Ripping CDs with EAC just for archival purposes?
Jul 23, 2008 at 4:51 PM Thread Starter Post #1 of 11

XXII

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I was hoping that somebody can help me with the following question. I understand from reading past threads on this topics that ripping with EAC is the best way to rip a CD to a computer. My question is this: Given a CD in good condition (e.g. no scratches), is using EAC to rip the CD to lossless just for archival purposes? Is it possible to actually HEAR the difference between a flac ripped using EAC and a flac ripped using (say) WMP?

Thanks for your help!
 
Jul 23, 2008 at 8:58 PM Post #2 of 11

breakfastchef

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Ripping a CD to any lossless format will preserve the music as it was when pressed/scribed into the physical CD. I do not believe there would be a quality difference if you used FLAC, WAV or an Apple lossless format.

I use the resulting FLAC files from EAC (or other ripping apps) both as an archive and to listen to through my Sqeezebox v. 3.
 
Jul 23, 2008 at 9:44 PM Post #3 of 11

LnxPrgr3

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I would expect that, with a good CD and a good drive, there wouldn't even be a bit for bit difference, let alone an audible one. In practice, I'd test this by ripping using both programs and comparing the audio data.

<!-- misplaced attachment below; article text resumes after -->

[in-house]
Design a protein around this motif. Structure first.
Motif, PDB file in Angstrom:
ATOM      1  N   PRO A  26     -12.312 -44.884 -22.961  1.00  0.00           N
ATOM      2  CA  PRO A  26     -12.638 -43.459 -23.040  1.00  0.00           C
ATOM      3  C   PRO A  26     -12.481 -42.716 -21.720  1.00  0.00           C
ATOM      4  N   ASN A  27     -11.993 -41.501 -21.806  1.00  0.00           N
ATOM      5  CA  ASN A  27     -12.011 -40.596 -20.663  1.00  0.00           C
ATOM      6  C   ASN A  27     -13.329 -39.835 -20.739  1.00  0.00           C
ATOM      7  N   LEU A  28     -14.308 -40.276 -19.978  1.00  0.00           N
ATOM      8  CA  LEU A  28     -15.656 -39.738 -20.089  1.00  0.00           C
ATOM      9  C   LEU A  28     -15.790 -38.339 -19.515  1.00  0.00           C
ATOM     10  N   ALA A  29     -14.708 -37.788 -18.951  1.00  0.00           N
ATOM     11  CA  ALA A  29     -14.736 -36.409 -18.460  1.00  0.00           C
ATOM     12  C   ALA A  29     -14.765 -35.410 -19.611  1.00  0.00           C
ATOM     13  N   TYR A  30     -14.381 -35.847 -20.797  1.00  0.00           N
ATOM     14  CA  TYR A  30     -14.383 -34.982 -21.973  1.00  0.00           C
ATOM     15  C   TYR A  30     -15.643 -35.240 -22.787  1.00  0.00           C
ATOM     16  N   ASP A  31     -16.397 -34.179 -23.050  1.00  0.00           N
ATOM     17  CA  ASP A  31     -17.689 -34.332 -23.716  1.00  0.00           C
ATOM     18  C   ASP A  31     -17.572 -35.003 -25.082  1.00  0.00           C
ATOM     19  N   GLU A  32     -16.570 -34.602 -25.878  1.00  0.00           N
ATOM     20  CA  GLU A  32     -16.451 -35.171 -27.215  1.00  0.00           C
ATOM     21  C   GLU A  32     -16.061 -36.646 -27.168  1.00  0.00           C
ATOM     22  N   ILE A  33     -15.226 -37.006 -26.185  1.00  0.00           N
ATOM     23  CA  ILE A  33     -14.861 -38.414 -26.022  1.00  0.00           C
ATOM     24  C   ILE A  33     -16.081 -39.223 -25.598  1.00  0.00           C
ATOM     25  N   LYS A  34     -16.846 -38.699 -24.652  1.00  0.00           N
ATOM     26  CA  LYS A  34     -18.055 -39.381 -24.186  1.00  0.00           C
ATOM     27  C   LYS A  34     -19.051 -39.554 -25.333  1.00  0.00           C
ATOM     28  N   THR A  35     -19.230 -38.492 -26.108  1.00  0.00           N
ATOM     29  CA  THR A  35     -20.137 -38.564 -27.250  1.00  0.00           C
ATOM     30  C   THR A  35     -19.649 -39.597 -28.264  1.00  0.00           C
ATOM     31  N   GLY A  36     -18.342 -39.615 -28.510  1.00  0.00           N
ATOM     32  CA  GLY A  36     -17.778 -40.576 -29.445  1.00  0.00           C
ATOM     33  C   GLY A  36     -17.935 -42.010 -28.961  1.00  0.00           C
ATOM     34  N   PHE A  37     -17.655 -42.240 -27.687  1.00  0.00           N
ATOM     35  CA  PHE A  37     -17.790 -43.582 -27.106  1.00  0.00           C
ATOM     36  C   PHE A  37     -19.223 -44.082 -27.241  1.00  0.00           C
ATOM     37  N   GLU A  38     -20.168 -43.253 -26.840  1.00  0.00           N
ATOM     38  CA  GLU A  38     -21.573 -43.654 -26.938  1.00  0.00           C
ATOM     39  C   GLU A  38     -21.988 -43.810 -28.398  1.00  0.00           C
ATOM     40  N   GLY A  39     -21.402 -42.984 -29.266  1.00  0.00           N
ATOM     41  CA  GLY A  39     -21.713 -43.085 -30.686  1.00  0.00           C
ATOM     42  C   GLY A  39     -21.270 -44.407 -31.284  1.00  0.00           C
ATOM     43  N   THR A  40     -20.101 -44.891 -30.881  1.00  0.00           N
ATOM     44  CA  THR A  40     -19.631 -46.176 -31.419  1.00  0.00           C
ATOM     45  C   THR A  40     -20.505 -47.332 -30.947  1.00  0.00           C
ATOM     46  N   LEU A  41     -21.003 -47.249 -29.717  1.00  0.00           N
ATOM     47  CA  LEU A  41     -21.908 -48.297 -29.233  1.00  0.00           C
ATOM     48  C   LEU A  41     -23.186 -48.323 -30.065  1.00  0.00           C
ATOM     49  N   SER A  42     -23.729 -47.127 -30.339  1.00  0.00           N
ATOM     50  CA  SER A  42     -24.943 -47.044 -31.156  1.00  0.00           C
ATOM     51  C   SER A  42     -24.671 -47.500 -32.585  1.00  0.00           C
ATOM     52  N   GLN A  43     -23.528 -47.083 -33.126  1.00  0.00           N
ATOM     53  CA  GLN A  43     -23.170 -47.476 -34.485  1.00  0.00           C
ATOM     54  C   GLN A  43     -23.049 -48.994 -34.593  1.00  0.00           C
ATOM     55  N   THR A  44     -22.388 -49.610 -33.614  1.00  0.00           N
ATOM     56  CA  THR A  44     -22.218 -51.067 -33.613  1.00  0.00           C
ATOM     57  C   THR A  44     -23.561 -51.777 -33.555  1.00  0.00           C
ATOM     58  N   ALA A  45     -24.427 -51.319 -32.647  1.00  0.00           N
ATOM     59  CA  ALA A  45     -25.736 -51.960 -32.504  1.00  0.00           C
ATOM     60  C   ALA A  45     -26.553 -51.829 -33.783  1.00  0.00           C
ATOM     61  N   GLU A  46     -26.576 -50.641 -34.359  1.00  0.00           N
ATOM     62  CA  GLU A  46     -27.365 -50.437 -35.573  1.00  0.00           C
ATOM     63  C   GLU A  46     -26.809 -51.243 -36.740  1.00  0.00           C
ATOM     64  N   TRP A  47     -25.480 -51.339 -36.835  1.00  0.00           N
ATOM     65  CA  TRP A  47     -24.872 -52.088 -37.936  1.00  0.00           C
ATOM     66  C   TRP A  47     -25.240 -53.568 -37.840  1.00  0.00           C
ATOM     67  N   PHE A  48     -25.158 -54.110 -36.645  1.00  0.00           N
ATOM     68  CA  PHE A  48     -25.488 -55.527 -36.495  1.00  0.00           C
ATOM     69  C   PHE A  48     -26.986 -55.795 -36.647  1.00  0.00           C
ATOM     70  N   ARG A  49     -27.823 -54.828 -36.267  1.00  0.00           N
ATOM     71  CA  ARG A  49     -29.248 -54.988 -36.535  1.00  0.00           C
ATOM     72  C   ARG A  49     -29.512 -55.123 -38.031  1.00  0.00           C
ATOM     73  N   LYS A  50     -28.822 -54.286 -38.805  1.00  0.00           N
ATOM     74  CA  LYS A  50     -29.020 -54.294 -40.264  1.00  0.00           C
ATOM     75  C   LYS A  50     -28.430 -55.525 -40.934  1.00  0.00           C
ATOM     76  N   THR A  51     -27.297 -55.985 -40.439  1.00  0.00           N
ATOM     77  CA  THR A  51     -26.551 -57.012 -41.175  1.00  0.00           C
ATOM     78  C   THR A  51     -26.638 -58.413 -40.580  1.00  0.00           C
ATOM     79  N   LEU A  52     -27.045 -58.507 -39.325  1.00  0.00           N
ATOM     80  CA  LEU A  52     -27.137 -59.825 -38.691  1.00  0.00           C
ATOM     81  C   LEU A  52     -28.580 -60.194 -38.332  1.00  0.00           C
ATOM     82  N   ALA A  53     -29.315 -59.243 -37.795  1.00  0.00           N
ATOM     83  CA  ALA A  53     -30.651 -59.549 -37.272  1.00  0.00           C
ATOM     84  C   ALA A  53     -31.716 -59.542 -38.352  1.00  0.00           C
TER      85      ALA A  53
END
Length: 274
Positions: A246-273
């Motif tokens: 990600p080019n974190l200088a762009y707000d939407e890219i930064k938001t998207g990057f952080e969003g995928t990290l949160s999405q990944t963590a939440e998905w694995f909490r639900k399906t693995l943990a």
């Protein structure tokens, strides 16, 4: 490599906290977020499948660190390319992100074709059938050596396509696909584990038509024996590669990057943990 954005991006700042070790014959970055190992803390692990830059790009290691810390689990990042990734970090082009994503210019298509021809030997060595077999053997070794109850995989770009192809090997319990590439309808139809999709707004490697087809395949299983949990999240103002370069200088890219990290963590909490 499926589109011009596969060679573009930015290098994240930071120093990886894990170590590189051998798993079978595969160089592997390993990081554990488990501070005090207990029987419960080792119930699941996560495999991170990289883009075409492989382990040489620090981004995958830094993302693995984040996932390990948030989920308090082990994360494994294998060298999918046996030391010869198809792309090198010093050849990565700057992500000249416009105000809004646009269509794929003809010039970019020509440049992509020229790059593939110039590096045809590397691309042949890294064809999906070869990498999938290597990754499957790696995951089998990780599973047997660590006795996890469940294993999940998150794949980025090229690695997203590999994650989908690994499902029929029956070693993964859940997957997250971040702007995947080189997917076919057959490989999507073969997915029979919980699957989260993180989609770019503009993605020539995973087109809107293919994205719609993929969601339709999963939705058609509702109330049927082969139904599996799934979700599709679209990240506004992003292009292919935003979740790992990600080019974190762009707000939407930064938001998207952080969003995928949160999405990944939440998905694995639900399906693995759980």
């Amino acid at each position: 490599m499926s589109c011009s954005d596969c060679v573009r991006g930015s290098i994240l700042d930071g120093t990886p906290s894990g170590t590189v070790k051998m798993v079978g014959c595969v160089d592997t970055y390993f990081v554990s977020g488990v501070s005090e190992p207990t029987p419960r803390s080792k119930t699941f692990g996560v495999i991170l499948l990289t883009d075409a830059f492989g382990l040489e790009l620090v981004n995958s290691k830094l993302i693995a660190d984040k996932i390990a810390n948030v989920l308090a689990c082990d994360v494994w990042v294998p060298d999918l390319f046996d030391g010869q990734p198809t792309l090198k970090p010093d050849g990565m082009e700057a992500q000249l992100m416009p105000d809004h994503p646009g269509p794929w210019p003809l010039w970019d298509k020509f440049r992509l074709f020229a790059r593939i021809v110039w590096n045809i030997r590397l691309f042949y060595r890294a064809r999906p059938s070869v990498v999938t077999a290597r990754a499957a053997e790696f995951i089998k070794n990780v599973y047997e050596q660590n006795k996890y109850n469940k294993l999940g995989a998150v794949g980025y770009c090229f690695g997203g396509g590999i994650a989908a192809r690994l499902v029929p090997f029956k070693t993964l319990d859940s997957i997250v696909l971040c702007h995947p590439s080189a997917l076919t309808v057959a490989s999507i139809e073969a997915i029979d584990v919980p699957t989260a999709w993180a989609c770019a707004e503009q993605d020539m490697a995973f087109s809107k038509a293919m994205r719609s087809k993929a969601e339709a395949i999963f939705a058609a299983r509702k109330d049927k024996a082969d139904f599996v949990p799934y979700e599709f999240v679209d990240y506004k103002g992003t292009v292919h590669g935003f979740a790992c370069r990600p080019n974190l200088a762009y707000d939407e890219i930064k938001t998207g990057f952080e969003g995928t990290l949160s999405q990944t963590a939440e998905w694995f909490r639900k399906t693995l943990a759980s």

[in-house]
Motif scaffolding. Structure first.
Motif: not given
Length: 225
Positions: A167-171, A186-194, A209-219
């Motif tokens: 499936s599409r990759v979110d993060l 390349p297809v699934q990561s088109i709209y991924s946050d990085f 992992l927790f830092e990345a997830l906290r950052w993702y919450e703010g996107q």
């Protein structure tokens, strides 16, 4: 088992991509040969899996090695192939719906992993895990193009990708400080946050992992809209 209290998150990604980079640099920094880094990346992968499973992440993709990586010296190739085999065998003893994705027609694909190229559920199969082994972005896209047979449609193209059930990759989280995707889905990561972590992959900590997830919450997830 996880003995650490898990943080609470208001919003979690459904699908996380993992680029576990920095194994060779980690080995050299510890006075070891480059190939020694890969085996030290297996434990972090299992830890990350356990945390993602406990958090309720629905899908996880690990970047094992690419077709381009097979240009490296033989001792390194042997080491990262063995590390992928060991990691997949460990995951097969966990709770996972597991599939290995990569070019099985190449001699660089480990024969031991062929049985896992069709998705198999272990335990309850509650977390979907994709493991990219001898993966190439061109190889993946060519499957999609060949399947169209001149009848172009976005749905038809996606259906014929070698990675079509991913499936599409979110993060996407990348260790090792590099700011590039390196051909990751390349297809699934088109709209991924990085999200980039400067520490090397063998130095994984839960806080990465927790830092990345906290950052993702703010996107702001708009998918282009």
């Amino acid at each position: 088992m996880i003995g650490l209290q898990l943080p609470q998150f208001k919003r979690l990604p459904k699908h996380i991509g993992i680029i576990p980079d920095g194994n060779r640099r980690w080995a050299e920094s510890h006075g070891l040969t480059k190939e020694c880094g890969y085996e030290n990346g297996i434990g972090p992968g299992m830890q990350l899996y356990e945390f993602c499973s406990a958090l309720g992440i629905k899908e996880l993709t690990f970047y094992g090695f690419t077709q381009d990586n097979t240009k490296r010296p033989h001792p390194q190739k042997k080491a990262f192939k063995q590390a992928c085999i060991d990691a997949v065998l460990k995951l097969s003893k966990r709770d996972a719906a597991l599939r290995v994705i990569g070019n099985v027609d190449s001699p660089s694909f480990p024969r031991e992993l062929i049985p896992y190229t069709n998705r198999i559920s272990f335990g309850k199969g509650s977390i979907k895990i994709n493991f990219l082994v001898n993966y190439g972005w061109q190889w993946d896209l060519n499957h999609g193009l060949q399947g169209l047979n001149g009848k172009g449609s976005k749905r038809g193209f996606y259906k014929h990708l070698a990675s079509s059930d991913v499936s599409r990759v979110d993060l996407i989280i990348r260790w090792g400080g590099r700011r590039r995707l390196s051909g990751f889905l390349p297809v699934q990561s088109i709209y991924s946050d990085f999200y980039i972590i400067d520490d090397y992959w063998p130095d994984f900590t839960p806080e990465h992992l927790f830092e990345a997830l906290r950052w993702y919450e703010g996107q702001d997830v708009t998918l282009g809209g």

I believe even Windows Media Player supports at least some error correction, and if this is the case, then it should be fine to rip in WMP even if your drive isn't flawless.
 
Jul 24, 2008 at 12:37 AM Post #5 of 11

floydenheimer

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EAC has the most accurate ripping methods because it uses Accurate Rip and secure mode. I don't think WMP has any of those features that are essential ensuring that your archive is 100% accurate.
 
Jul 24, 2008 at 12:47 AM Post #6 of 11

XXII

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Quote:

Originally Posted by floydenheimer /img/forum/go_quote.gif
EAC has the most accurate ripping methods because it uses Accurate Rip and secure mode. I don't think WMP has any of those features that are essential ensuring that your archive is 100% accurate.


Thanks for your answers

I guess the main problem I have with EAC is that as far as I'm aware, it doesn't support Chinese characters. One of the main benefits for me of using WMP and ripping to WMA lossless is that no matter how obscure a CD I put in, it always seems to be able to recognize it. I'm not good at typing chinese characters so this is a huge benefit for me.

Is there a program that allows you to check how accurate your rip is after it's been made? e.g. I rip to WMA lossless using WMP then check whether the rip was decent using a different program?
 
Jul 24, 2008 at 2:15 AM Post #7 of 11

LnxPrgr3

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Quote:

Originally Posted by floydenheimer /img/forum/go_quote.gif
EAC has the most accurate ripping methods because it uses Accurate Rip and secure mode. I don't think WMP has any of those features that are essential ensuring that your archive is 100% accurate.


But are these necessary for undamaged CDs?

I don't use Windows, so I can't test this with EAC, but I can test cdparanoia, which is the accurate ripping solution for Linux. Other ripping programs on Linux are nearly universally frontends to this tool.

I used three modes. The first had no error checking. The second did just overlap checking. The third was full error correction.

The results? Here are the md5sums of the output:
0b358cb078a2dda9f9ae5c9d06d623cf cdda-1.wav
0b358cb078a2dda9f9ae5c9d06d623cf cdda-2.wav
0b358cb078a2dda9f9ae5c9d06d623cf cdda-3.wav